We observe the universe in many different wavelengths of the electromagnetic spectrum (and now, the gravitational wave spectrum) to see different objects radiating at different energies. Seeing the universe in infrared light, for example, can help us see baby stars forming inside their dusty stellar nurseries, whereas X-ray observatories can pick out some of the most energetic phenomena like the flares produced by black holes consuming stars.
However, as these wavelengths are often beyond the visible spectrum (i.e. light that the human eye can see), astronomers will assign familiar colors to these otherwise invisible wavelengths to give them meaning.
And so, in a stunning portrait created by data from the Murchison Widefield Array (MWA) located in the West Australian outback, a beautiful technicolor display has been produced of our radio wave view of the cosmos.
"The human eye sees by comparing brightness in three different primary colors — red, green and blue," said Natasha Hurley-Walker, of Curtin University and the International Center for Radio Astronomy Research (ICRAR), in a Royal Astronomy Society statement. "GLEAM does rather better than that, viewing the sky in each of 20 primary colors. That's much better than we humans can manage, and it even beats the very best in the animal kingdom, the mantis shrimp, which can see 12 different primary colors."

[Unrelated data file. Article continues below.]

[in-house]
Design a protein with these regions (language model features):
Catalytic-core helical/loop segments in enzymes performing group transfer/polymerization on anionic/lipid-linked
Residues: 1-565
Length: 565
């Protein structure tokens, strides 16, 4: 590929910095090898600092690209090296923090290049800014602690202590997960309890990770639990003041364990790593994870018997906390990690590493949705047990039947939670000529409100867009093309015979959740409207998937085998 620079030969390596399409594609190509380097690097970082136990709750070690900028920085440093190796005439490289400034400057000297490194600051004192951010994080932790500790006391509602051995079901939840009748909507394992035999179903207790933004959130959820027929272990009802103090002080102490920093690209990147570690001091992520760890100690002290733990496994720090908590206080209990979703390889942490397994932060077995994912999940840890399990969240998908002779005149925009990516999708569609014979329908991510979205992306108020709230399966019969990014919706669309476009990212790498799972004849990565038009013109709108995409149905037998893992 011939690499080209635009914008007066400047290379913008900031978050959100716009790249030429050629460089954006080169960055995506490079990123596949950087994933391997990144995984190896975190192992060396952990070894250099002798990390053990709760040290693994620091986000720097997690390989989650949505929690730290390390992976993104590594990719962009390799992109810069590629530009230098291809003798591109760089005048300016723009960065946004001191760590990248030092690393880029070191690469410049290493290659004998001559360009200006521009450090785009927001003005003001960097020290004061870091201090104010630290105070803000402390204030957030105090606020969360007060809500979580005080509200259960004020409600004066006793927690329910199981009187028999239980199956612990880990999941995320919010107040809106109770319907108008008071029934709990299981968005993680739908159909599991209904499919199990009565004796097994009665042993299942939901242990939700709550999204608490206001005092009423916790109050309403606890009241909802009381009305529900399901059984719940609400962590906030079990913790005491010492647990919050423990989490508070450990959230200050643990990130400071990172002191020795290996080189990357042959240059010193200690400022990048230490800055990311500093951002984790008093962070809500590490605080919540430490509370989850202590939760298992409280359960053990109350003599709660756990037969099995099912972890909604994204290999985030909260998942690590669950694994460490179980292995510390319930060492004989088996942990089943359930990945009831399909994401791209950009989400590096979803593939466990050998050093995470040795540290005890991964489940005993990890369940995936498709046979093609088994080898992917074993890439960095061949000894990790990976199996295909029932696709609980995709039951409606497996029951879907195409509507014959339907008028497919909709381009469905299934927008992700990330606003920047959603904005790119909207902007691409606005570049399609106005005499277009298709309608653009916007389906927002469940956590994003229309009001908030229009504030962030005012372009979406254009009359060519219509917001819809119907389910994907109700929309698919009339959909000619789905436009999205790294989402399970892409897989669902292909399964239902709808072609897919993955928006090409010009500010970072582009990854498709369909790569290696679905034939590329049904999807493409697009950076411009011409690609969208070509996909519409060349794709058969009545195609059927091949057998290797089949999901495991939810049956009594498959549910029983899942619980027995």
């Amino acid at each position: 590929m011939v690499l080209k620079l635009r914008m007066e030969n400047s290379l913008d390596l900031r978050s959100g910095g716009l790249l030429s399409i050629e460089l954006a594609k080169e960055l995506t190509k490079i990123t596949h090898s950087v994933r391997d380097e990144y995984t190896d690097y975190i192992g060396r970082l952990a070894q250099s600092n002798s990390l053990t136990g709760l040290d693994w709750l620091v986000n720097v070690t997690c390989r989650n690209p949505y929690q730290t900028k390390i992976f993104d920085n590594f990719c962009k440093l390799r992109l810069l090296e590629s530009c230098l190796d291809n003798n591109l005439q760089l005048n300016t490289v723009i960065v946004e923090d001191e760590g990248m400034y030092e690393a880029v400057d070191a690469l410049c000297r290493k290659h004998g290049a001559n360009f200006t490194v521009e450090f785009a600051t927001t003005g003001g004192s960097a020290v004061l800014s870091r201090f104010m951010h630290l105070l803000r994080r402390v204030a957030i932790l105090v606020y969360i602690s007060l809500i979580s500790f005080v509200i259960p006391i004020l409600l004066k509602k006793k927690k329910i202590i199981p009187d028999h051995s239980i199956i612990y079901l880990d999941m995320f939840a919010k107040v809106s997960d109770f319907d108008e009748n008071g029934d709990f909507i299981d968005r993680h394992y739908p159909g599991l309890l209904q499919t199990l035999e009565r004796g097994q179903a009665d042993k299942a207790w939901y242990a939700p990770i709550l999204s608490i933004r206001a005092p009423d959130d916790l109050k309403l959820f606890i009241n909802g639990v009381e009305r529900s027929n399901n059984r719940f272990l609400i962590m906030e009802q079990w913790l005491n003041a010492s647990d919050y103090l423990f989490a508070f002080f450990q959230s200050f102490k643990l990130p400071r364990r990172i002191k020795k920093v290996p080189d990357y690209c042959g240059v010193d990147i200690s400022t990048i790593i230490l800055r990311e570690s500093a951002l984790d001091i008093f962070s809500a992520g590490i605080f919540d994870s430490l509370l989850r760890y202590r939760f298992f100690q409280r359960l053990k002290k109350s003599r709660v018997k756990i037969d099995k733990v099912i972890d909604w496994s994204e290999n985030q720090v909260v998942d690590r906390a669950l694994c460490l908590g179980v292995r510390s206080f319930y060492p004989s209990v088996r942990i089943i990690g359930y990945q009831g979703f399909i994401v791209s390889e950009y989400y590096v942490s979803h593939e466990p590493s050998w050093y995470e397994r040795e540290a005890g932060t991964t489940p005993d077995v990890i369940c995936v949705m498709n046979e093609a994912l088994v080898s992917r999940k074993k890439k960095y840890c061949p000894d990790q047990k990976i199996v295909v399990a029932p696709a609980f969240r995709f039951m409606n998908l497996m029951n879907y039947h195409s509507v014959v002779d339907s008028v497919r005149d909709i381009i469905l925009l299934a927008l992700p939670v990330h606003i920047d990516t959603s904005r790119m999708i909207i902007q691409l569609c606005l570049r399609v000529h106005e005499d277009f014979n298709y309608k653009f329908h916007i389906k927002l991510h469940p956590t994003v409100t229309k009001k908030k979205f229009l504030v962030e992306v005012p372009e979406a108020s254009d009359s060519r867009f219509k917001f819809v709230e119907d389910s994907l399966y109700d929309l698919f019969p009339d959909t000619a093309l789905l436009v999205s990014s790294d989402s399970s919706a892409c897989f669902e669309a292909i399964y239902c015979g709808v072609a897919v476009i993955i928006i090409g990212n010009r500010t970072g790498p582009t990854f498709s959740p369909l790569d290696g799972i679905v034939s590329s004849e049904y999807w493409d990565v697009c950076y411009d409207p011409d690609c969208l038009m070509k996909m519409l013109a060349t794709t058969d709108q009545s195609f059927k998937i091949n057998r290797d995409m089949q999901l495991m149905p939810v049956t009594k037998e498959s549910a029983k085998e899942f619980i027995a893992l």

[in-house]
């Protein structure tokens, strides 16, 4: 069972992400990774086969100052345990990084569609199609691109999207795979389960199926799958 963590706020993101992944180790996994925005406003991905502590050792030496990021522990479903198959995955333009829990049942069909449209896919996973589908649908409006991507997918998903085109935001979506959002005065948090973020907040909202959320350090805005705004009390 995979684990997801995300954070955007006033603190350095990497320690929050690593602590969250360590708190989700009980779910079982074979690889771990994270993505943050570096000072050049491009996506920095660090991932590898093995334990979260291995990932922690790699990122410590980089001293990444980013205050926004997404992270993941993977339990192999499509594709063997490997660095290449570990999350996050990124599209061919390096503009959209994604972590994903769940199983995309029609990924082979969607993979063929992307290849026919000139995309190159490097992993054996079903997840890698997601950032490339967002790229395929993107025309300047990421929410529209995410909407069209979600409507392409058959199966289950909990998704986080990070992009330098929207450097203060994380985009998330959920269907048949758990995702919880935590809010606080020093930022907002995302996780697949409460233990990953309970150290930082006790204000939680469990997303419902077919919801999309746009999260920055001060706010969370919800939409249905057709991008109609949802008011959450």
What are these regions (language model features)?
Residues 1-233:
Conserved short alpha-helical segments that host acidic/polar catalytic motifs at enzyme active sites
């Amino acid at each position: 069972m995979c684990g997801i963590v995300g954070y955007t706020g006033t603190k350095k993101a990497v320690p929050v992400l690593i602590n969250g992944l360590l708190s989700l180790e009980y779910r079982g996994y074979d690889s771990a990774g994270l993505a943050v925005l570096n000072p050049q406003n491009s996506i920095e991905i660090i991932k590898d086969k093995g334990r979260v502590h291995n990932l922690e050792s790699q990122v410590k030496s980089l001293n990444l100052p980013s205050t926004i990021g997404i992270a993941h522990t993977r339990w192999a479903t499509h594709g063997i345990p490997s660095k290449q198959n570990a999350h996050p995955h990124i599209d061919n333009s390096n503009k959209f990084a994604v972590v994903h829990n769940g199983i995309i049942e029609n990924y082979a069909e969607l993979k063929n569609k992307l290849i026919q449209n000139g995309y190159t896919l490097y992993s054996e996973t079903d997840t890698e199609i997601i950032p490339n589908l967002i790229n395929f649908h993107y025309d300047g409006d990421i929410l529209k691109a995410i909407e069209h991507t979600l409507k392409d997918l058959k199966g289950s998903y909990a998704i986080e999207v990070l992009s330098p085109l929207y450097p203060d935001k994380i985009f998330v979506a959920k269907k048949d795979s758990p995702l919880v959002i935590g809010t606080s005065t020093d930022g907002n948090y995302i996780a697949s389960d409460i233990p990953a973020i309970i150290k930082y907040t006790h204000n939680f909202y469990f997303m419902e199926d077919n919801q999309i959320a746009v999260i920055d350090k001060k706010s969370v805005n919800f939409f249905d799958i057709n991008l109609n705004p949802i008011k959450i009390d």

The GaLactic and Extragalactic All-sky MWA — or 'GLEAM' survey — has cataloged 300,000 galaxies observed at frequencies between 70 and 230 MHz and, after assigning a color to the frequency range, a striking picture emerges.
Through the center of the image is the band of the Milky Way, our home galaxy. Beyond our galaxy's emissions are low frequency radio waves (shown in red) to the mid-range frequencies (green) to high frequency radio waves (blue). Some of these radio emissions have traveled for billions of light-years since the early epochs of our universe, whereas the emissions from our galaxy were produced on our cosmic doorstep, but all have a story to tell astronomers.
"Our team are using this survey to find out what happens when clusters of galaxies collide," said Hurley-Walker. "We're also able to see the remnants of explosions from the most ancient stars in our galaxy, and find the first and last gasps of supermassive black holes."
The $50 million MWA is a forerunner to the planned Australian Square-Kilometer Array (SKA) called SKA-low that will focus on the lower end of the radio spectrum when it becomes operational and work in conjunction with a sister site in South Africa.
"It's a significant achievement for the MWA telescope and the team of researchers that have worked on the GLEAM survey," said MWA director Randall Wayth. "The survey gives us a glimpse of the Universe that SKA-low will be probing once it's built. By mapping the sky in this way we can help fine-tune the design for the SKA and prepare for even deeper observations into the distant Universe."
For now, as we wait for an even deeper look into our radio universe, this is what the universe would look like if we could "see" in radio waves — and it would be a cosmic rainbow.
Originally published on Discovery News.
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Ian O'Neill is a media relations specialist at NASA's Jet Propulsion Laboratory (JPL) in Southern California. Prior to joining JPL, he served as editor for the Astronomical Society of the Pacific‘s Mercury magazine and Mercury Online and contributed articles to a number of other publications, including Space.com, Space.com, Live Science, HISTORY.com, Scientific American. Ian holds a Ph.D in solar physics and a master's degree in planetary and space physics.